CRISPR-directed KO of ferredoxin-1 and mif. (A) Cartoon representation of the KO scheme using nucleofection of parasites with a linearized neo resistance gene flanked by the ferredoxin-1 UTRs and a plasmid containing Cas9 and Fd gRNA (pCas9-gRNA(Fd)) followed by selection for G418-resistance (image not to scale). The resulting parasites were then screened for the presence of the KO and wt alleles using sequence-specific primers (horizontal arrows). (B) PCR analysis of G418-resistant clones for the presence of the neo resistance gene in the ferredoxin-1 locus. PCR screens utilized primers specific to the neo resistance gene (yellow arrows in 5 A) combined with primers specific to the ferredoxin-1 locus (blue arrows in 5 A) in regions outside the region present in the original KO PCR introduced by nucleofection. The 5′ end PCR screen (upper panel) predicts a product of 1665 bp and the 3′ PCR screen (middle panel) predicts a product of 1236 bp if the neo gene is present in the ferredoxin-1 locus. Lowest panel: PCR analysis of the ferredoxin-1 gene in clones. Amplification utilized primers specific to the wild-type ferredoxin-1 (yielding a 324 bp product, if present). The PCR products for the different panels were run in parallel from reactions on 100 ng of the indicated genomic DNA extracts and resolved on separate agarose gels then imaged using a Bio-Rad Gel Doc and ImageLab software. (C) Immunoblot protein analysis of the clones yielding positive PCR products for KO in Fig. 5B. Total protein extracts were resolved by SDS-PAGE and immunoblotted using anti-Ferredoxin-1 and TvGAPDH antibodies. All immunoblots contained equal amounts of the same experimental samples and were analyzed in parallel using a Bio-Rad Gel Doc and ImageLab software. (D) Cartoon representation of the KO scheme using nucleofection of parasites with a linearized neo resistance (NeoR) gene flanked by the mif UTRs and a plasmid containing Cas9 and mif gRNAs (pCas9-gRNA(mif)), followed by selection for G418- and puromycin-resistance (image not to scale). The resulting parasites were then screened for the presence of the KO and wt alleles using sequence-specific primers (horizontal arrows). (E) PCR analysis of G418 and puromycin-resistant clones for the presence of the neo resistance gene in the mif locus. PCR screens utilized primers specific to the neo resistance gene (yellow arrows in 5D) combined with primers specific to the mif locus (orange arrows in 5D) in regions outside the region present in the original KO PCR introduced by nucleofection. The 5′ end PCR screen (upper panel) predicts a product of 1290 bp and the 3′ PCR screen (middle panel) predicts a product of 1220 bp if the neo gene is present in the mif locus. Lowest panel: PCR analysis of the mif gene in clones. Amplification utilized primers specific to the wild-type mif gene (yielding a 500 bp product, if present). The PCR products for the different panels were run in parallel from reactions on 100 ng of the indicated genomic DNA extracts and resolved on separate agarose gels then imaged using a Bio-Rad Gel Doc and ImageLab software. (F) Immunoblot protein analysis of the clones yielding positive PCR products for KO in Fig. 5E. Total protein extracts were resolved by SDS-PAGE and immunoblotted using anti-MIF and TvGAPDH antibodies. All immunoblots contained equal amounts of the same experimental samples and were analyzed in parallel using a Bio-Rad Gel Doc and ImageLab software. Full length blots/gels are presented in Supplementary Figure S5.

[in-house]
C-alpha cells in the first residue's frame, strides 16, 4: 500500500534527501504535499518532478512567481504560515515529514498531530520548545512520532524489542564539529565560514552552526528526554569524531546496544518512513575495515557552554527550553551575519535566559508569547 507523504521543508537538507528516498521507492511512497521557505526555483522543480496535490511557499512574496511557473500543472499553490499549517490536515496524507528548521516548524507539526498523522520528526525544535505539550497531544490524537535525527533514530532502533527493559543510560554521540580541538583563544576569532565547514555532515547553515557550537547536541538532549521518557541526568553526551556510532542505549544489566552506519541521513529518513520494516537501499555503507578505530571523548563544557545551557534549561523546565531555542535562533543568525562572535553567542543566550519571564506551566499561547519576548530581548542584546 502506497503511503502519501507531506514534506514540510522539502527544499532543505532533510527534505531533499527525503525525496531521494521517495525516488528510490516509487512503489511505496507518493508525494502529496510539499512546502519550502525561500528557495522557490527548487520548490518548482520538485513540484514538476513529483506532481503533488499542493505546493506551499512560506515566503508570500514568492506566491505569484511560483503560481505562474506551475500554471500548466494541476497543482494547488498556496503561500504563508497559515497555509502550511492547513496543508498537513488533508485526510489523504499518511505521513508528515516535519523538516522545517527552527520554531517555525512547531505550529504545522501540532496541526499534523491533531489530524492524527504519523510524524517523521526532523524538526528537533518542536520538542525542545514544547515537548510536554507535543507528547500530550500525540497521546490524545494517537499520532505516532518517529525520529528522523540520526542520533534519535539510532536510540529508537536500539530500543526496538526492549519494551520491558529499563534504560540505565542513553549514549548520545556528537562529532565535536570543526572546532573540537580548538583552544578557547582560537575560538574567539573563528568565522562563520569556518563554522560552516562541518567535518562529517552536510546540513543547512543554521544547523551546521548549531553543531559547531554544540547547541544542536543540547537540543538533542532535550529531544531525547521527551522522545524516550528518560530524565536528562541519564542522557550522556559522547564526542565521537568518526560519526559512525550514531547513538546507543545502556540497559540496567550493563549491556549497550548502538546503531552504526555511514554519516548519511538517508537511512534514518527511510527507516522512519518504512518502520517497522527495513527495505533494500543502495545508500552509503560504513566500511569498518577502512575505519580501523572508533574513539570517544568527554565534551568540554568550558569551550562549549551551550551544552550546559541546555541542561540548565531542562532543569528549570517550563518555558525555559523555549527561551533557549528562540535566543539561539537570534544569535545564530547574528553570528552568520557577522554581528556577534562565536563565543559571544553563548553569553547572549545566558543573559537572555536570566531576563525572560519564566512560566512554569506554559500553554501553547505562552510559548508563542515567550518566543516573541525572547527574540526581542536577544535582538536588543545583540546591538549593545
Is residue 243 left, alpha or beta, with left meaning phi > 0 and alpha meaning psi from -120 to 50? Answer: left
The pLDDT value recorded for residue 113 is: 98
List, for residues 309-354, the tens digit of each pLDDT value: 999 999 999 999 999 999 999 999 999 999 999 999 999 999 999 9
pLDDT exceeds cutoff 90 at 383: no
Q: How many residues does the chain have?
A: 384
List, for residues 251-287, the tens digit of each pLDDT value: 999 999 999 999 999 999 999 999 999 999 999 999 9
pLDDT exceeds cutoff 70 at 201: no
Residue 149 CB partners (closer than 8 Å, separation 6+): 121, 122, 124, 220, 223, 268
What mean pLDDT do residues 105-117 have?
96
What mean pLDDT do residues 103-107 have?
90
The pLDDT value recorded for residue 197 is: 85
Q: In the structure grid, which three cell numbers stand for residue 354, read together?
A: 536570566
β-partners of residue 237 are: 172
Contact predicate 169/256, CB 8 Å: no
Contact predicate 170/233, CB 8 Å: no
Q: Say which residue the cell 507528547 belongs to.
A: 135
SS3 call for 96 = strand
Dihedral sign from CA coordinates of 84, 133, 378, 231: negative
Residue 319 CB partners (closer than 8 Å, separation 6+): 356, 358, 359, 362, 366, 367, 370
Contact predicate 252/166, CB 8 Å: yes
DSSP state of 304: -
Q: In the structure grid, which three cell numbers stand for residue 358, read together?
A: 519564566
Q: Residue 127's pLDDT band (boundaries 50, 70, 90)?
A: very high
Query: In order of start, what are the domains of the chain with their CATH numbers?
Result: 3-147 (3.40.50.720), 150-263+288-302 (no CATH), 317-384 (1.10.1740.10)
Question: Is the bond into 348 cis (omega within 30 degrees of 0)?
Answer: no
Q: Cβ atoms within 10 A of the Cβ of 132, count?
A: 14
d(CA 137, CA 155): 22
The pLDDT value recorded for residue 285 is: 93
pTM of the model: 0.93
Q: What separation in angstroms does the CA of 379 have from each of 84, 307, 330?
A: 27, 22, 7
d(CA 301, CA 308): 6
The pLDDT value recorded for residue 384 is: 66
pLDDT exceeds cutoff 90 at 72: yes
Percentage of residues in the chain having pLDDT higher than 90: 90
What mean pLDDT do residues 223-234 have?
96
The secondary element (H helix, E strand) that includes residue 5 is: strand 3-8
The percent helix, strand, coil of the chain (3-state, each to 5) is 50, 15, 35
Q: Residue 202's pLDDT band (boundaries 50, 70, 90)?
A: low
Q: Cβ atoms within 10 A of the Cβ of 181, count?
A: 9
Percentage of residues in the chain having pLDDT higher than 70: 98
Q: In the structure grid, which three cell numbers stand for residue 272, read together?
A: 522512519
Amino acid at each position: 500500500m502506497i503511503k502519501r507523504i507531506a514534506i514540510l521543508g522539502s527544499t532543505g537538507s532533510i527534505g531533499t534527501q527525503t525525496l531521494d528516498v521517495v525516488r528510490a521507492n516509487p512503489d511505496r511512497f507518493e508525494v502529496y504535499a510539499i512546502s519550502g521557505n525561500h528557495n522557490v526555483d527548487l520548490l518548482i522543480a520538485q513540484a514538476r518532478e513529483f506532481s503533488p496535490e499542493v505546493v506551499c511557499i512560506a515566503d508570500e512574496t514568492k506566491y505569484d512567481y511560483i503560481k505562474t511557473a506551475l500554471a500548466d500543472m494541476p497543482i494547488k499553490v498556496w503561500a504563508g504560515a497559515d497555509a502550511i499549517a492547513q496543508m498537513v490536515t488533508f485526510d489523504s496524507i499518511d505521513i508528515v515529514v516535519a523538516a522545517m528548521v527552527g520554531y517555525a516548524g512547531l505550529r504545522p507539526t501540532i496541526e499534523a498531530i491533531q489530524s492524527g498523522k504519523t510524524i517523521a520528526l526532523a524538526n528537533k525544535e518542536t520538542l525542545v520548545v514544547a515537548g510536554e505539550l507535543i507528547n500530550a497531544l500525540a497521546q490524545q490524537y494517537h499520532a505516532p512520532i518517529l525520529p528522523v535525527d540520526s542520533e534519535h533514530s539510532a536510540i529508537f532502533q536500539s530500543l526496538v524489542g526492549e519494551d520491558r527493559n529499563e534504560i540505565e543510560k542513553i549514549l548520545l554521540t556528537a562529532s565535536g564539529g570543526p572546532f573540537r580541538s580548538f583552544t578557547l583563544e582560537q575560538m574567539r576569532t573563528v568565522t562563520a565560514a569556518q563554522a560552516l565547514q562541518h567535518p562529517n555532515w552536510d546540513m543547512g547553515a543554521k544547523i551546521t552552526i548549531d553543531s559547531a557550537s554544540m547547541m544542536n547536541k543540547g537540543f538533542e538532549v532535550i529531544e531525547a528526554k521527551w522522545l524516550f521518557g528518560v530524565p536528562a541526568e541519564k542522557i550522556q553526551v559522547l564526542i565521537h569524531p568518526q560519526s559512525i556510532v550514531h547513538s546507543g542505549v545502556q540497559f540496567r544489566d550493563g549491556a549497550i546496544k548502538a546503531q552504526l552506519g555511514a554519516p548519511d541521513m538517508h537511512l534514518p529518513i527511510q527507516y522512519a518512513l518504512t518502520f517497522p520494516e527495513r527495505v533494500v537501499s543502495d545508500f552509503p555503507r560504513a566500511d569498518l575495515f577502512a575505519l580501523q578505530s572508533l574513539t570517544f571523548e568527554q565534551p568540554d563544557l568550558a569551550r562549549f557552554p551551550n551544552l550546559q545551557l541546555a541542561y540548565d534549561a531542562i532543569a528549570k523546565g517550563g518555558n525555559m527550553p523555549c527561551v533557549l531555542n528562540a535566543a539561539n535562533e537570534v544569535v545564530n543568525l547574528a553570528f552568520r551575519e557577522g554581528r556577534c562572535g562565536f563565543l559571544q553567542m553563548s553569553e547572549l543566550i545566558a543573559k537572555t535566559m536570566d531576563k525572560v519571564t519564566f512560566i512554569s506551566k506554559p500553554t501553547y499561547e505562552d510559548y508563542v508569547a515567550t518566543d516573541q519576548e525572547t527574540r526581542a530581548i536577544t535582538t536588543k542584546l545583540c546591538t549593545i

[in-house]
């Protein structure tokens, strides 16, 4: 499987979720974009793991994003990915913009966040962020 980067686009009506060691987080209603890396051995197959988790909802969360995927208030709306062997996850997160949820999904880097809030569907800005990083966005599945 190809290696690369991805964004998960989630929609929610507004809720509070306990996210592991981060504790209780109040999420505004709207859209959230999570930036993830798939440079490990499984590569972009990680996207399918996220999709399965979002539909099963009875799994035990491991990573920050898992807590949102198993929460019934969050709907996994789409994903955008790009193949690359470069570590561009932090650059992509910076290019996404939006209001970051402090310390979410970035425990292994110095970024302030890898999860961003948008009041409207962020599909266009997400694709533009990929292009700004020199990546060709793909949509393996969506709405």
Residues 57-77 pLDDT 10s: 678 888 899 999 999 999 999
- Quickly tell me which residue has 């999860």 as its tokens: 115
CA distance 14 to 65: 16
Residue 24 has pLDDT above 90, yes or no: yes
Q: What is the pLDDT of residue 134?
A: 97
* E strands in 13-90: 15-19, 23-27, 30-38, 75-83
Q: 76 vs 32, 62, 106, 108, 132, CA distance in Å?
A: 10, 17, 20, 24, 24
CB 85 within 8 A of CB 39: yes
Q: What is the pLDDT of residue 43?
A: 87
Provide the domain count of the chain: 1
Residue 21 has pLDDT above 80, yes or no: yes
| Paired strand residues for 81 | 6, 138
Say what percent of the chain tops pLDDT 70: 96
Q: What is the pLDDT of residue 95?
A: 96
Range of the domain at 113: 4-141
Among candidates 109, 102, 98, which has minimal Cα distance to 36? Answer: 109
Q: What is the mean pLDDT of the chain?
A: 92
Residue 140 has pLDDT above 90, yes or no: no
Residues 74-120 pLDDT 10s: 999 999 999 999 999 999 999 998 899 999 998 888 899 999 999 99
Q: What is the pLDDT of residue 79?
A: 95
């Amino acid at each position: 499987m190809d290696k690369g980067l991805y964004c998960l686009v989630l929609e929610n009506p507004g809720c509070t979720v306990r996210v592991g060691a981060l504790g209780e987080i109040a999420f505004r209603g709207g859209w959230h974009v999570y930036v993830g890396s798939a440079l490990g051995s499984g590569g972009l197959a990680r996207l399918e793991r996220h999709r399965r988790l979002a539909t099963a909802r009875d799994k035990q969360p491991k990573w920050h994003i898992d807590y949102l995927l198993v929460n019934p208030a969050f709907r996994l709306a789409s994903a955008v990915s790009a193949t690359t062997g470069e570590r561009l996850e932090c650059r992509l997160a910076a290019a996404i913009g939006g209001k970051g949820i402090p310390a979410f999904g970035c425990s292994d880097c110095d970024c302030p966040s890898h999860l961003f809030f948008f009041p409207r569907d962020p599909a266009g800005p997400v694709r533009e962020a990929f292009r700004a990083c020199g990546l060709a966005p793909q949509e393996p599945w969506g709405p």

To further test the CRISPR/Cas9 system, we attempted to knockout the single copy mif gene, which codes for a homologue of the human macrophage migration inhibitory factor (MIF) and was recently reported to affect host cell physiology68. A neomycin resistance (NeoR) gene flanked by ~1000 bp of the 5′ and 3′ UTRs of mif was constructed (Fig. 5D). To illustrate the ability to use CRISPR/Cas9 in multiple T. vaginalis strains, the B7RC2 strain22 was used. Parasites were co-nucleofected with the pCas9-gRNA(mif) plasmid expressing a gRNA targeting the 5′ end of the gene and an ~2800 bp PCR product containing the NeoR gene flanked by mif gene 5′ and 3′ UTRs (Fig. 5D). After selection for parasites resistant to G418 and puromycin, parasites were screened for the presence of the NeoR gene in the mif locus, using PCR and primers that sit just outside the mif UTRs included in the ~2800 bp PCR product. Positive amplicons of expected size were observed in the pCas9-gRNA(mif) nucleofected parasites (Fig. 5E). Control reactions wherein parasites were nucleofected with only the linear KO PCR product survived G418 selection, however no positive PCR signal was observed for the NeoR gene in the mif locus (Supplementary Figure S4). We further examined these control parasites lacking the pCas9-gRNA(mif) plasmid by screening 800 cells, split into 40 subpopulations of 20 parasites each to directly test whether the NeoR gene was in the mif locus. No PCR product was detected in any of the 40 subpopulations (Supplementary Figure S4). This is in contrast with obtaining positive PCR signal for NeoR integration at the mif locus in 39/40 subpopulations of the parasites nucleofected with both the pCas9-gRNA(mif) plasmid and the linear KO PCR product. To confirm that the mif gene was knocked out in these NeoR PCR positive populations, parasites were cloned using limited-dilution cloning. Two clones (“Δmif clone 1” and “Δmif clone 2”) were randomly selected and tested for the presence of the NeoR gene in the mif locus and the absence of the wild-type mif gene (Fig. 5E). Confirmation of the sequence of all PCR products clearly demonstrated that both clones contain the NeoR gene in the mif locus and also lack the endogenous mif gene (Fig. 5E). Immunoblot analysis using an antibody that detects MIF likewise confirmed the loss of the MIF protein in both clones (Fig. 5F). Together, our findings demonstrate that CRISPR/Cas9 can be used to disrupt gene sequences in the T. vaginalis genome by a homology-directed repair pathway.